Tuesday, April 7, 2009

Reeling: Continued Infamy

Colfax police officer Indicted |
Homer, La. officers resign |
9 July 2009| Poverty Point Fraud Trial
|Racial tensions run high in Paris after charges dropped in murder case| Charges dismissed - Paris, Tx.| Louisiana:Ex-Iberville School Board Member arrested after protest| Second Homer Forum - US ATTY press release 052209

March marks N.O. teen's killing
'This is not acceptable. Every life is important'

At Baronne Street and Washington Avenue,Raphael mentioned the shooting nearby.

The Usual Suspects show up to cry foul in situations such as the following. However, the idea of a permeable mass-movement is beyond their grasp of reasoning. They do not understand and they never will.

But, this you must understand, Tonya Littlefeather is convicted and imprisoned, Michael Cobb is still in Angola & Mychal is still in the "pawnbrokers" shop! Torture in Our Own Backyard

This isn't the first instance of trouble at this facility. Oct 08 Alex Harris Story
Trio of convictions spark outcry

Written by Tiffany Flournoy
Friday, 24 April 2009

Concerns regarding cases of alleged injustices were expressed during an “urgent” community forum Wednesday at Mt. Zion CME Church, specifically those surrounding the Minden 3.

The Community Relations Service, a component of the U.S. Department of Justice and Civil Rights Investigator Irvin Robins were on hand to offer a listening ear.

The two-plus hour meeting, hosted by Concerned Citizens for Justice, touched a number of area judicial concerns for both Webster and Claiborne parishes. However, the session revolved around what some are calling the Minden 3 — Kelton Greenard of Minden, Arthur Henderson II of Cotton Valley and Anthony Combs of Homer.

In January, the trio was ordered to serve five years at hard labor in the Louisiana Department of Correction, with two years suspended after being found guilty in October 2008, of negligent homicide and cruelty to a juvenile in the death of former Hope Youth Ranch resident 12-year-old Alex Harris.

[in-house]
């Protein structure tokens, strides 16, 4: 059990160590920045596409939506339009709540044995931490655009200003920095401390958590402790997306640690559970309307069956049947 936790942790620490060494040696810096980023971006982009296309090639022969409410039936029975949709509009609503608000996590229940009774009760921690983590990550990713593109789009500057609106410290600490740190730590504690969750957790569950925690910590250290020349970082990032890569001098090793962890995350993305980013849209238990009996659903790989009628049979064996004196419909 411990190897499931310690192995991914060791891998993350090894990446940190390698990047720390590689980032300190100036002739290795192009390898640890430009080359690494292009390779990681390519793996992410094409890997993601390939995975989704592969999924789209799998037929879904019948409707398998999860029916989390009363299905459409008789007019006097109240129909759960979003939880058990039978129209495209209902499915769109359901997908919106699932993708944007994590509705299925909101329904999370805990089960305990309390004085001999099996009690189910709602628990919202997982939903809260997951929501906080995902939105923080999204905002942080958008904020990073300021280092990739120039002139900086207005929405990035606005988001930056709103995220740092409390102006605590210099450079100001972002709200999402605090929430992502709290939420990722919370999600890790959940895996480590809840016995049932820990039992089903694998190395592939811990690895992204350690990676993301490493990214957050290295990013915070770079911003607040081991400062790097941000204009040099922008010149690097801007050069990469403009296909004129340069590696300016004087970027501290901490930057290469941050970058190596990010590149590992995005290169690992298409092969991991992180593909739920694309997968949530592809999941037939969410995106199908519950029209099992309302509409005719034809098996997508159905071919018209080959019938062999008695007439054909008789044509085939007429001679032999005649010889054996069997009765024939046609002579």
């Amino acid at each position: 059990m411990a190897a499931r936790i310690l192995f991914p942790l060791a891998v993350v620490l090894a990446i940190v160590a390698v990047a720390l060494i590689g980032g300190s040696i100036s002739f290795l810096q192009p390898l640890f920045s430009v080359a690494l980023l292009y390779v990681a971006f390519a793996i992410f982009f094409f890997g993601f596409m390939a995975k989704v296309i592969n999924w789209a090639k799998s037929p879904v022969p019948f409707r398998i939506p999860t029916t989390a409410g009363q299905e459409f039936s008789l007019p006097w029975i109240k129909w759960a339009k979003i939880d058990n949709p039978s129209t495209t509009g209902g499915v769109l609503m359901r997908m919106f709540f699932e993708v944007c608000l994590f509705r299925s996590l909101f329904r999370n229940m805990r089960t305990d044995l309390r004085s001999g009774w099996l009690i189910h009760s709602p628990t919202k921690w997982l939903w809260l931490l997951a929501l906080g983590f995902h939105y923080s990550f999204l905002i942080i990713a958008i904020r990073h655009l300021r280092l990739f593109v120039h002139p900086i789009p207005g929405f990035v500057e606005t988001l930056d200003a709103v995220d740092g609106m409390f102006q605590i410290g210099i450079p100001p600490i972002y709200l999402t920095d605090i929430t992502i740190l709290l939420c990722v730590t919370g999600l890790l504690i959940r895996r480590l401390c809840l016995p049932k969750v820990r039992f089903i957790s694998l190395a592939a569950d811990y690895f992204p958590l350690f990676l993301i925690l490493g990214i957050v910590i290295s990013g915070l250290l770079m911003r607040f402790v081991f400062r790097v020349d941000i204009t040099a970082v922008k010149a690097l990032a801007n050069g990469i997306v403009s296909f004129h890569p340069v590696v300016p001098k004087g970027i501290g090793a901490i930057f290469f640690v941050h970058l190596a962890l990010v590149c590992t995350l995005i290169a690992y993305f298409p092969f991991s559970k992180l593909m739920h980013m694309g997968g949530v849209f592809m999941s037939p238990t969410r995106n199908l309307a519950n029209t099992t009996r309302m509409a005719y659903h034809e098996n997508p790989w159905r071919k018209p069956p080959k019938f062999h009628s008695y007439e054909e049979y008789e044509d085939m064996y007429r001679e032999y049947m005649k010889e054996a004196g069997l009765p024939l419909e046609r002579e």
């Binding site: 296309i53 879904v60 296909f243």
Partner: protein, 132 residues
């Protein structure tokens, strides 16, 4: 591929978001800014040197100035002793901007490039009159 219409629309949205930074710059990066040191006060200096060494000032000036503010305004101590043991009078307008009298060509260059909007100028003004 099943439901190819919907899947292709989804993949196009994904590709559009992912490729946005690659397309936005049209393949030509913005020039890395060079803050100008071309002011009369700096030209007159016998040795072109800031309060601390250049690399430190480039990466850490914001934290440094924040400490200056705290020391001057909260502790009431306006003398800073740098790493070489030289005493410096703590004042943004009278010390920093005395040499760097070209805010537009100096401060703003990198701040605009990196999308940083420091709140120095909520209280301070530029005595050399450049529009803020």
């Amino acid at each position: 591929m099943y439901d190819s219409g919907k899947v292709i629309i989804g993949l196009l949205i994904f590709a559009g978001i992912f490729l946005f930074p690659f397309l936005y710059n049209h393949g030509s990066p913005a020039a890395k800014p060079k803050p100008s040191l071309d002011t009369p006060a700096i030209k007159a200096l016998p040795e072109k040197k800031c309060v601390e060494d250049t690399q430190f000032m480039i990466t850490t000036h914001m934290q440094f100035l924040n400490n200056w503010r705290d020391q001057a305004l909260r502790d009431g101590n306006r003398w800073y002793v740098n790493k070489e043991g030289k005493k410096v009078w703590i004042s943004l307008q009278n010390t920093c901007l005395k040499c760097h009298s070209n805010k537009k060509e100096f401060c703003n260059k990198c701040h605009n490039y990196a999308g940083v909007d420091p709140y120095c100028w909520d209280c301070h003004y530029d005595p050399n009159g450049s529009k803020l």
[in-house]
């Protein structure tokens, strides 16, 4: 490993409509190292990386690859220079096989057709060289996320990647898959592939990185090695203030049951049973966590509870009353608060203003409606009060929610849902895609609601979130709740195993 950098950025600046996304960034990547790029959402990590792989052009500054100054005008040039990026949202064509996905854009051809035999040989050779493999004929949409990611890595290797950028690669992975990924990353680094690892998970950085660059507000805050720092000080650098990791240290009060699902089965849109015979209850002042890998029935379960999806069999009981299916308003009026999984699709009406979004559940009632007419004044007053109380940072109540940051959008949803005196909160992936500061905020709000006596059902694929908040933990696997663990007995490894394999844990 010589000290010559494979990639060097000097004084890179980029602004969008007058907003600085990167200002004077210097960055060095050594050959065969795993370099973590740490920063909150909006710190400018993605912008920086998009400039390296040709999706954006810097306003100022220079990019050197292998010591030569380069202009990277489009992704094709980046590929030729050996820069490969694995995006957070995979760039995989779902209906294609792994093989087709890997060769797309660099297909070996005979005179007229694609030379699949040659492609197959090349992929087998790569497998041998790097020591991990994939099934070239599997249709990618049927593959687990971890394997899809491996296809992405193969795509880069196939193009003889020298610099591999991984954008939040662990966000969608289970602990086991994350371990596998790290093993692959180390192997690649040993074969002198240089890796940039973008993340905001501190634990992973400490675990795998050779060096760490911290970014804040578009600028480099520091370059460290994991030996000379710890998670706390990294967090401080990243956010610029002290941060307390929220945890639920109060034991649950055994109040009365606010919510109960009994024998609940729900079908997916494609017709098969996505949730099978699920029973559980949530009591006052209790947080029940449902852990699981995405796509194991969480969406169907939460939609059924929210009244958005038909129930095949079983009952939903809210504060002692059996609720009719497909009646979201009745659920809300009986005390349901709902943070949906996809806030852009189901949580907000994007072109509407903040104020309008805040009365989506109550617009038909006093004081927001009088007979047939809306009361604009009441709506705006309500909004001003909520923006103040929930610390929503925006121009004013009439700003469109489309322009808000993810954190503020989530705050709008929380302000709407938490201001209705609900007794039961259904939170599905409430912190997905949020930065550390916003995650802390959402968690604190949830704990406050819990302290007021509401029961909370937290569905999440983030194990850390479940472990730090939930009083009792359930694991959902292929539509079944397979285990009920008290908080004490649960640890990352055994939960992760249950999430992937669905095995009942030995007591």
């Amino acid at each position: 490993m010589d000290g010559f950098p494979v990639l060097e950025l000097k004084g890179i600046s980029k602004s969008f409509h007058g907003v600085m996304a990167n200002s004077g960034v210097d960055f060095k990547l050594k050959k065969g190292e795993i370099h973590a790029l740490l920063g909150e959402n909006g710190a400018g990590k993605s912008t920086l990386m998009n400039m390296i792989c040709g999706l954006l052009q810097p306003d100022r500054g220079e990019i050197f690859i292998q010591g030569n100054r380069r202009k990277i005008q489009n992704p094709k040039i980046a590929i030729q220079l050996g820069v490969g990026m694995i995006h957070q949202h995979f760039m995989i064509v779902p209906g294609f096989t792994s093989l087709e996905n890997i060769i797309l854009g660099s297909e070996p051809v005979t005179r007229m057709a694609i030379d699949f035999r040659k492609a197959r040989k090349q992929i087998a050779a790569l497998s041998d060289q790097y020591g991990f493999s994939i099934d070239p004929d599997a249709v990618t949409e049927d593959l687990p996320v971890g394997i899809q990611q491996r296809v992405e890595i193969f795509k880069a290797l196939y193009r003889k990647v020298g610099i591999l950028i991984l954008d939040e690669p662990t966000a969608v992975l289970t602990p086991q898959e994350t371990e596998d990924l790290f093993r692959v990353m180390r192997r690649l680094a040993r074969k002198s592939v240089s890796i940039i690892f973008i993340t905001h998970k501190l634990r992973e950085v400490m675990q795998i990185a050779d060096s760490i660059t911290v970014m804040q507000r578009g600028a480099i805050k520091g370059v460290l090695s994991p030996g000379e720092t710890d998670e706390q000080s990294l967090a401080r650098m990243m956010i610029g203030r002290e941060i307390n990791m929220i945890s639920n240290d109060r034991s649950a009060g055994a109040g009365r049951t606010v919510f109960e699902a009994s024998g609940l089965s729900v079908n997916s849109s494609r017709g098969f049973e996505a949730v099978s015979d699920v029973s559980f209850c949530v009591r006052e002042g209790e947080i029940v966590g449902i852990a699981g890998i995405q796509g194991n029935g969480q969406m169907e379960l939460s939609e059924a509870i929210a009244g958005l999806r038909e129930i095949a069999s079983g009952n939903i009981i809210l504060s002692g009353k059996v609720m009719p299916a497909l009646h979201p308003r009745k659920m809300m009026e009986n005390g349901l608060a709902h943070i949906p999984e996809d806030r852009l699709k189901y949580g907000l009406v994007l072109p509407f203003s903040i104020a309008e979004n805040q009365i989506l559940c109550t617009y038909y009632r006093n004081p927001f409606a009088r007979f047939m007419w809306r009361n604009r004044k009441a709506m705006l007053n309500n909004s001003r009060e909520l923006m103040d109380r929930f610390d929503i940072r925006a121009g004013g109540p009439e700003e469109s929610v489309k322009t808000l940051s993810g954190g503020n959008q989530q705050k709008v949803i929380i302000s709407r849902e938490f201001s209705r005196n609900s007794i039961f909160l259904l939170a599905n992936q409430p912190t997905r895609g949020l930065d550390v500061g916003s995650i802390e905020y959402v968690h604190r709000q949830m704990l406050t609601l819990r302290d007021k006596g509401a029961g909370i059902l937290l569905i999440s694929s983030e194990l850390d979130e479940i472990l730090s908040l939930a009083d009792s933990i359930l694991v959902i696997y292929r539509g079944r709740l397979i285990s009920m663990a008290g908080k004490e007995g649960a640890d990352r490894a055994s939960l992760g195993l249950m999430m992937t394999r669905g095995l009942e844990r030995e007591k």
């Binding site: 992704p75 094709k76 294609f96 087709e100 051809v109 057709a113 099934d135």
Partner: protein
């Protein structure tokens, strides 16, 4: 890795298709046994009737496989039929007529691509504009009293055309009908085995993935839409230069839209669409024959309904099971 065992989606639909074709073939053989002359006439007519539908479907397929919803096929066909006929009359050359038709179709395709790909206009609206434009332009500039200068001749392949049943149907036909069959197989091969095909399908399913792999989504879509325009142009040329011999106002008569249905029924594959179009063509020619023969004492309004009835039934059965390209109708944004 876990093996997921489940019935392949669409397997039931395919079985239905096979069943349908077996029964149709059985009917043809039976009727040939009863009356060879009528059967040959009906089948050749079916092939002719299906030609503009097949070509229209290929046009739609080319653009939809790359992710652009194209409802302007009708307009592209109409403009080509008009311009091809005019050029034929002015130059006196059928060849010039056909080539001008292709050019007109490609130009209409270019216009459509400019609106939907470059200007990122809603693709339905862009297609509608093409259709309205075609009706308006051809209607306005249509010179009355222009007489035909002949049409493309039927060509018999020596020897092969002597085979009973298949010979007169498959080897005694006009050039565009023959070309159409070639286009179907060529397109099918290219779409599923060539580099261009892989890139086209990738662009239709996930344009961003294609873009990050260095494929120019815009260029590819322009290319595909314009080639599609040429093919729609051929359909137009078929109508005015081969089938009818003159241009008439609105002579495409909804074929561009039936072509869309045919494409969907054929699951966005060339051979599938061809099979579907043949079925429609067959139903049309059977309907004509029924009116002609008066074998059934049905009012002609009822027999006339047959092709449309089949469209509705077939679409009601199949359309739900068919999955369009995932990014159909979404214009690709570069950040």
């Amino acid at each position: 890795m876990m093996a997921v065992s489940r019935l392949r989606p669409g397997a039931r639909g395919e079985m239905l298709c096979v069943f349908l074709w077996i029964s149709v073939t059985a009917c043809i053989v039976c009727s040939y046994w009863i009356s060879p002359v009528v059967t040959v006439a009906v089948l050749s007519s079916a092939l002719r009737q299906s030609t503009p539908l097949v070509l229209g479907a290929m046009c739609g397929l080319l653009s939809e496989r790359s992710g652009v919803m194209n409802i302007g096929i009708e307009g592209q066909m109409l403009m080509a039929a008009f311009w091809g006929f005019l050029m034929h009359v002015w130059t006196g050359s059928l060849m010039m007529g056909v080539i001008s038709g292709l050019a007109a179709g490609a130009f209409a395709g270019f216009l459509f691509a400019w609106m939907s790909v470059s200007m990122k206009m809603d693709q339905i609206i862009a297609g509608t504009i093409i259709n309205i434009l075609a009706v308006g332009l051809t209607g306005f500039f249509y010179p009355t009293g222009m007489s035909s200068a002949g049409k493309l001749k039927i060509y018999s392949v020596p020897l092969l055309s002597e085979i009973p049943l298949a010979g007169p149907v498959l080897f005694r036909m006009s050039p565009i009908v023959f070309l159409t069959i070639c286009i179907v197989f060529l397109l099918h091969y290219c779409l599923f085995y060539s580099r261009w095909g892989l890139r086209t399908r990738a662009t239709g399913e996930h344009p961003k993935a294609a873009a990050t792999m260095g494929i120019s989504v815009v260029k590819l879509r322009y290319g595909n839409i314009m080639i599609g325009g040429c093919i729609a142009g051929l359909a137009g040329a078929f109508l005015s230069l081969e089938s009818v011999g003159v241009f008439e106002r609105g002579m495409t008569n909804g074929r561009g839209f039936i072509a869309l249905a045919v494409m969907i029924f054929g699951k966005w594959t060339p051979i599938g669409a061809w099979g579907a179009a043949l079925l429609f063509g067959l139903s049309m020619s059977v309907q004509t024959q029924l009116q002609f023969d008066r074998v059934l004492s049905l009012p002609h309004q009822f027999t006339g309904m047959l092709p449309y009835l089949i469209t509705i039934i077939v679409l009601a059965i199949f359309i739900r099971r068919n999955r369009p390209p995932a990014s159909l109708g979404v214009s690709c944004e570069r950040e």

“In this case, I had some terrible circumstances and what I found is discriminatory prosecution,” said Jena 6 Attorney Louis Scott, who was present during Wednesday’s meeting.

Scott said in regards to this particular case, many people had the same, similar or greater responsibilities as those who stood trial.

“Many people were closer to what happened than people convicted. Some were convicted and others were not,” Scott said. “This case says more to me about the prosecution than most anybody else. It (case) speaks for itself. One man treated one way and the next treated another way — a classic definition of discrimination.”

The Rev. David Brown, who was in attendance during the evening session, said the electrocution of justice didn’t need to see the shock on his face when he heard the words “guilty on all counts,” referring to the verdict of the Minden 3.

Brown said the purpose of the open session was not to point fingers at anyone, but to further point out the evidence that has already been filed — all 62 pieces.

“Ninety-two percent of the pieces show three innocent young men in a way that is so innocent, I find it hard to just sit here,” Brown said. “If they look at the appeal, I believe in my heart, justice will be wearing the blindfold.”